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Hi everyone, I've browsed around this forum and read up on the internet about fermentated foods. I havn't read Sally Fallons book yet (I'm still waiting for it to become available in the library) but this is my first attempt with grains and I thought I'd share it with you.<br><br>
I found the recipe at the bottom a few days ago and decided to make my own version, here goes. I call it my African fermented oats breakfast. <img alt="" class="inlineimg" src="http://www.mothering.com/discussions/images/smilies/wink1.gif" style="border:0px solid;" title="wink1"> Yes, I know quinoa is from South America. <img alt="" class="inlineimg" src="http://www.mothering.com/discussions/images/smilies/lol.gif" style="border:0px solid;" title="lol"><br><br>
I mixed 3/4 cup of rolled oats, some millet, quinoa, linseeds and sunflower with two tbs of kefir whey and let it ferment for 2 days in a warm spot. I simmered it on low heat for about 5 minutes and added some salt. I didn't add any sweetners and it was YUM!<br><br>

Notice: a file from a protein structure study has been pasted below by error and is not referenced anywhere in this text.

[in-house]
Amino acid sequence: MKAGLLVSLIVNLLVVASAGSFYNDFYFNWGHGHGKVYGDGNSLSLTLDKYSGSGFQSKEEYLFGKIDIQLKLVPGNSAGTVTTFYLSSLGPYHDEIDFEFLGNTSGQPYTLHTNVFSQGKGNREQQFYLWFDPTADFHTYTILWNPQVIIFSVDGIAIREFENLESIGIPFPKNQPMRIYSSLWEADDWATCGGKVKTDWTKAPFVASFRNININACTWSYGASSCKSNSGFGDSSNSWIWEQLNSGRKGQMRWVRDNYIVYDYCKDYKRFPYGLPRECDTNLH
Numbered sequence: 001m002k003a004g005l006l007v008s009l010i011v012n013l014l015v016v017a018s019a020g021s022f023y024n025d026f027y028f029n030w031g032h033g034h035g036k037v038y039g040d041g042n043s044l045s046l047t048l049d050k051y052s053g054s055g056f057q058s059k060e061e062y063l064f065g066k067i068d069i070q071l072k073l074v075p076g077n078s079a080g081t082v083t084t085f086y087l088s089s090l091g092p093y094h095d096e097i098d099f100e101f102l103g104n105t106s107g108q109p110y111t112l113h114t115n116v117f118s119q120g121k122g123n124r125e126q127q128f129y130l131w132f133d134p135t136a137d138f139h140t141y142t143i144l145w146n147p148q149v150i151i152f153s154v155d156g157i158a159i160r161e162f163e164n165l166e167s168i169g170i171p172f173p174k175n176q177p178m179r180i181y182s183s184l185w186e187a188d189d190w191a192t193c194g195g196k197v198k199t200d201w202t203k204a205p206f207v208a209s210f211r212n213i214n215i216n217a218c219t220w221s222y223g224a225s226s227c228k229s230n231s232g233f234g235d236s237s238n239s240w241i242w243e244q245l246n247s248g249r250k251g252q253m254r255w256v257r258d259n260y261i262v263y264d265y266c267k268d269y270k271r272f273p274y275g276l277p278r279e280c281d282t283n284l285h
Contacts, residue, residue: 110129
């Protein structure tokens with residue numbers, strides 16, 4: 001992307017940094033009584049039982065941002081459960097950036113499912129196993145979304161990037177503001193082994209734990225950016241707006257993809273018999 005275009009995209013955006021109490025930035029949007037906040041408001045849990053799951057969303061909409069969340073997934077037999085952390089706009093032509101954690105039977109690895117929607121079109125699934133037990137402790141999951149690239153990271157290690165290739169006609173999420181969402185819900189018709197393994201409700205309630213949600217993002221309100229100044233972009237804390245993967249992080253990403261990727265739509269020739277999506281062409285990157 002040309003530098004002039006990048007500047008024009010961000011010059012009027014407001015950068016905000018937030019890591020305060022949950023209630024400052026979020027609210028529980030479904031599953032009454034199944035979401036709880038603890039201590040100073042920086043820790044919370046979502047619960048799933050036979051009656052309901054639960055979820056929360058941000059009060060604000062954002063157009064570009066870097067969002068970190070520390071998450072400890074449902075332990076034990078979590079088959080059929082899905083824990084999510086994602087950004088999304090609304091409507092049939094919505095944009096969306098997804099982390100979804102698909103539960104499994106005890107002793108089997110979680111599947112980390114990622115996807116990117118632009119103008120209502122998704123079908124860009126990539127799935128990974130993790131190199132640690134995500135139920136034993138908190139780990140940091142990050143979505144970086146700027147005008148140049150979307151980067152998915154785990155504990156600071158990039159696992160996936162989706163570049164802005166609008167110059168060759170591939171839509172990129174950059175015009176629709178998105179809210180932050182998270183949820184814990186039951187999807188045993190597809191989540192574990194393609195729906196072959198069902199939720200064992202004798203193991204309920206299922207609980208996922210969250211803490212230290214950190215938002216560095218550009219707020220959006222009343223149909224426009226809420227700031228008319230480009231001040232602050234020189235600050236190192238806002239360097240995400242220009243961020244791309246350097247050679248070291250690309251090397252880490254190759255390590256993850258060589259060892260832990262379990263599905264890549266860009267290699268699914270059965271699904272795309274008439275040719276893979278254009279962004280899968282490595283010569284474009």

This is the original recipe:<br><div style="margin:20px;margin-top:5px;">
<div class="smallfont" style="margin-bottom:2px;">Quote:</div>
<table border="0" cellpadding="6" cellspacing="0" width="99%"><tr><td class="alt2" style="border:1px inset;">Whey is important for soaking oatmeal. Soak thick rolled or steel cut oatmeal overnight with a tablespoon of whey along with enough water to cover the oats. (Recipe in Nourishing Traditions Cook Book.) Cook next morning using butter or coconut oil, cinnamon, ground flaxseed and maple syrup for a highly nutritious delicious breakfast; an important start to for a successful day. (If constipation is a problem, oatmeal and ground flaxseed will help.) Add raw milk right at the end so you don't expose it to too much heat. Soaked oatmeal takes far less time to cook and the body can utilize more nutrients from soaked grains.</td>
</tr></table></div>
from: <a href="http://homeandgardensite.com/lacto_fermenting.htm" target="_blank">http://homeandgardensite.com/lacto_fermenting.htm</a><br><br>
What do you think? Am I doing it right?
 

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Here is an update on my recipe. I still make it twice a week. I now make it with added amaranth and oat groats (Yum) and I've taken the millet out because after two days of fermentation it's still too hard. It is a delicious breakfast or light lunch and very nutritious. If I had a sweet tooth I would add either maple syrup or honey. I also find that one day fermentation is also good, I just need to cook it slightly longer on low heat.
 
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